We've also learned that, despite our sometimes-parasitic accomplishments on this planet as we humans have spread across it, we share genes (and, more critically, basic physiological processes) with everything from chimpanzees to sponges, fir trees, ocean-vent bacteria, ants, and algae. We're related, and it's quite clear that humans are a mere late-sprouting twig on a still-growing evolutionary tree of life forms on earth.

If we somehow wipe ourselves out by changing the climate or starting a nuclear war or simply not being able to avoid extinction in another few million years for whatever reason, life on earth will soldier on without us—it has survived worse calamities (like asteroid impacts, or the ancient poisoning of the atmosphere with oxygen) before.

All this is to say that, when a geranium dies in our back yard in the winter, it's just dead, and we compost it because there's nothing left of it to live. When I die, I think the same thing will happen, though with any luck not in the back yard. When my body shuts down, I won't be there (or anywhere) anymore—no soul or spirit to go to heaven or hell, or to be reincarnated, or to roam the halls of creepy old houses, clanking chains.

This is not a new philosophy for me. I've thought of it this way since about the time I figured out there was no land at the North Pole for Santa Claus to live on, and that bunnies are mammals, and so couldn't possibly lay chocolate eggs at Easter time. It doesn't make me feel sad, or that life is meaningless, because I don't think happiness and meaning require eternal life.

It does, however, mean that religious and spiritual teachings are largely meaningless to me (whether they are silly or not) in the spiritual context they're meant to be. I don't think there's an afterlife, so that makes it senseless to treat my actual life as if it were a big exam to get into heaven, or to reach nirvana, or to bank the karmic wheel so I don't come back as a slug (though I expect, to a slug, a slug's life is pretty sweet). It means that, to me, the huge swaths of theological analysis say something about human thought and institutions, but very little about the reality of the world or the universe.

It means that, even if I did think that there were a god or gods that created the universe—and I don't—it wouldn't matter, because once we're dead, we're dead, and there is no one and nothing left of us to be judged or evaluated. (Plus, given the scope of this universe, and any others that might exist, why would any god or gods be so insecure as to require regulated tributes from us in order to be satisifed with their accomplishments?)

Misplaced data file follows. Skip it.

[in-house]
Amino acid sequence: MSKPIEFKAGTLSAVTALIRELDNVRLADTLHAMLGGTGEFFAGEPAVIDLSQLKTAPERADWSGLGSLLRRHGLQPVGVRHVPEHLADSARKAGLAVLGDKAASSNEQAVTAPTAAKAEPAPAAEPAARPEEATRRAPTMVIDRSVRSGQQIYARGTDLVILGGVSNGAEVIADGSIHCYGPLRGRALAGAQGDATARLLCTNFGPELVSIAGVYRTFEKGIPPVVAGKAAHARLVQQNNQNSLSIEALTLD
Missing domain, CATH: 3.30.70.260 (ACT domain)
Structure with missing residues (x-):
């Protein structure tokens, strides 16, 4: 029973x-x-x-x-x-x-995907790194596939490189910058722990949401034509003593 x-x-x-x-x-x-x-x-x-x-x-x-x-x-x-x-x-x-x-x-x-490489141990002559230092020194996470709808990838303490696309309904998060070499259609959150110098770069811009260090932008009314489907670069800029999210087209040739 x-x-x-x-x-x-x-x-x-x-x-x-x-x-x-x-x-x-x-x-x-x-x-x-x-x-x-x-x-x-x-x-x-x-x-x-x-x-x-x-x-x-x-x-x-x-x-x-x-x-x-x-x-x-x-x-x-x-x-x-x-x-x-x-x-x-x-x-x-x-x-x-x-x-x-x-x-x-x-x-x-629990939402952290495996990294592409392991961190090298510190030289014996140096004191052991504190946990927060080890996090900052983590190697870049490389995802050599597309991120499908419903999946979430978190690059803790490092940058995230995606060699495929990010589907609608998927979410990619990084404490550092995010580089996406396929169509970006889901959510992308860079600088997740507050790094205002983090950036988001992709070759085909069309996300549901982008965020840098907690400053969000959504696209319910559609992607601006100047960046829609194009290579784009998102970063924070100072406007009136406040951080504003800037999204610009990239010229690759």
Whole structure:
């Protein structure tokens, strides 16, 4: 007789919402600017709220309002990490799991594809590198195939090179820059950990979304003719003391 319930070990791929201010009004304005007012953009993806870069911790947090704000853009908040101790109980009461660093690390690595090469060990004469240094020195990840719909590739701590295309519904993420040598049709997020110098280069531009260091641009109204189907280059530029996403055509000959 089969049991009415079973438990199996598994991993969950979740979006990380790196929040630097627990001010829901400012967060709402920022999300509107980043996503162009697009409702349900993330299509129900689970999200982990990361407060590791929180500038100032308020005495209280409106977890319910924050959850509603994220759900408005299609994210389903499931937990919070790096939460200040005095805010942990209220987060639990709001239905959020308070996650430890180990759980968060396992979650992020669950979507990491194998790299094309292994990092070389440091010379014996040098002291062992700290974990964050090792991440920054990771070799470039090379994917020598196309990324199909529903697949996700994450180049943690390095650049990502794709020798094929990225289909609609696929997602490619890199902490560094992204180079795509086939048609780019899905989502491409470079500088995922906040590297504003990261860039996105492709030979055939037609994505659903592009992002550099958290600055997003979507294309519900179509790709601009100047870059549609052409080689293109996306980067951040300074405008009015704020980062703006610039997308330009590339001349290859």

We fear death. We invent ways—beliefs, stories, rituals—to pretend it's not the end for each of us. Huge, worldwide institutions arise from those inventions. They provide meaning, comfort, and a sense of wonder to billions of people. But not to me.

My meaning, comfort, and wonder come from another place, from trying to understand people, creatures, life, the planet, the galaxy, the universe, and their amazing diversity from my miniscule perspective as a man living in the 20th and 21st centuries here on earth. From trying to be a good person, a good husband and father.

What will outlive me is not my soul, because I don't think I have one. But my children will outlast me. Their children, if they have them, will too. As will, perhaps, some of my words and ideas, like the ones written here. Anything that persists of me—besides the molecules that used to make up my body—will be in the memories of others, or in their genes (another type of memory). That might not be much, and it won't be up to me to decide what that includes.

I don't begrudge my friends and relatives who do believe in gods and souls and spirits. And what I've written here may hurt them, or spur them to pity me and fear for my nonexistent soul. I'm sorry if that's so. I have no way of knowing with absolute certainty if one of the many philosophies or religions that advocate an afterlife is right. If they're wrong, as I am all but certain they are, but if those beliefs help people to live happily, and to die contentedly when the time comes, that's good, because they'll never know. If I'm wrong, I come by my error honestly.

The beauty of a globular cluster or a diatom, the jagged height of a mountain or the depth of geological time—to me, these are natural miracles, not supernatural ones.

So is being able to feel love and to share it. Is love biochemical? So what if it is? It's not "just" biochecmical. The atoms and molecules and infinitely complex interactions of that biochemistry are a natural miracle too, one I cherish. Even more because I have only a short time—eighty years of life, give or take—to experience it. And after that, it's over.

I hope to make the most of it.


Friday, February 16, 2007 - newest items first
# 11:08:00 PM:

Getting prepped

Student Blood Sucker at Flickr.comI expected my surgery pre-admission consult today at St. Paul's Hospital would be all talk, but it included the drawing of six (six!) vials of blood from my arm for various tests.

It also involved quite a bit of waiting, as I've come to expect from hospital visits. I spoke to the receptionist, two lab technicians (one a student), a nurse, and an anaesthesiologist. And I filled out a lot of paperwork. It took a little over two hours.

On Monday I'm on an all-liquid diet, and Tuesday I go in for the first of two operations. As SpongeBob says, "I'm ready."


Thursday, February 15, 2007 - newest items first
# 11:00:00 PM:

Details on the Feb 25 Vancouver podcaster meetup

That post-Northern Voice podcast meetup in Vancouver organized by Mark Blevis of the Canadian Podcast Buffet now has an official time and location: 8:00 p.m. on Sunday, February 25 at the TC Lions Pub in the fancy-schmancy Terminal City Club in downtown Vancouver.

Tell your friends! With my first surgery happening this week, I'm unlikely to be there, but you never know.